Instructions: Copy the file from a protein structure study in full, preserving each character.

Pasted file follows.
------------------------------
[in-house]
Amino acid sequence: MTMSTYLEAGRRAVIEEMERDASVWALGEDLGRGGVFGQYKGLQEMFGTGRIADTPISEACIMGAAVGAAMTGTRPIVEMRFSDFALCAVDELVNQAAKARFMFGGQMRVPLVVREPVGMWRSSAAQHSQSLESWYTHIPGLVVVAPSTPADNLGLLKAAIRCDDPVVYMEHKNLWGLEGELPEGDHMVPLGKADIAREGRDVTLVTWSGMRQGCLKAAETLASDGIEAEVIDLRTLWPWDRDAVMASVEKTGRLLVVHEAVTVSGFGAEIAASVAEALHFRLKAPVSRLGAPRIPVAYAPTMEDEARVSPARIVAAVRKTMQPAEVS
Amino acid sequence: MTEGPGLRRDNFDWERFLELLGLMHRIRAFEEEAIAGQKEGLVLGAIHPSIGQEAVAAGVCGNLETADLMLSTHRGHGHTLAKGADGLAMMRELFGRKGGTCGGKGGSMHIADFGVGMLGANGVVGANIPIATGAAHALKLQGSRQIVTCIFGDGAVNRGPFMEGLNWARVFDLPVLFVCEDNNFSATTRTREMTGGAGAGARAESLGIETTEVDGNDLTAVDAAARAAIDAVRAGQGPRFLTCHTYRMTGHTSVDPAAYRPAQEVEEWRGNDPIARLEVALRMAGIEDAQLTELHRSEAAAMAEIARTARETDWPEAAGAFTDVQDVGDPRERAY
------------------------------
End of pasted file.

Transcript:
[in-house]
Amino acid sequence: MTMSTYLEAGRRAVIEEMERDASVWALGEDLGRGGVFGQYKGLQEMFGTGRIADTPISEACIMGAAVGAAMTGTRPIVEMRFSDFALCAVDELVNQAAKARFMFGGQMRVPLVVREPVGMWRSSAAQHSQSLESWYTHIPGLVVVAPSTPADNLGLLKAAIRCDDPVVYMEHKNLWGLEGELPEGDHMVPLGKADIAREGRDVTLVTWSGMRQGCLKAAETLASDGIEAEVIDLRTLWPWDRDAVMASVEKTGRLLVVHEAVTVSGFGAEIAASVAEALHFRLKAPVSRLGAPRIPVAYAPTMEDEARVSPARIVAAVRKTMQPAEVS
Amino acid sequence: MTEGPGLRRDNFDWERFLELLGLMHRIRAFEEEAIAGQKEGLVLGAIHPSIGQEAVAAGVCGNLETADLMLSTHRGHGHTLAKGADGLAMMRELFGRKGGTCGGKGGSMHIADFGVGMLGANGVVGANIPIATGAAHALKLQGSRQIVTCIFGDGAVNRGPFMEGLNWARVFDLPVLFVCEDNNFSATTRTREMTGGAGAGARAESLGIETTEVDGNDLTAVDAAARAAIDAVRAGQGPRFLTCHTYRMTGHTSVDPAAYRPAQEVEEWRGNDPIARLEVALRMAGIEDAQLTELHRSEAAAMAEIARTARETDWPEAAGAFTDVQDVGDPRERAY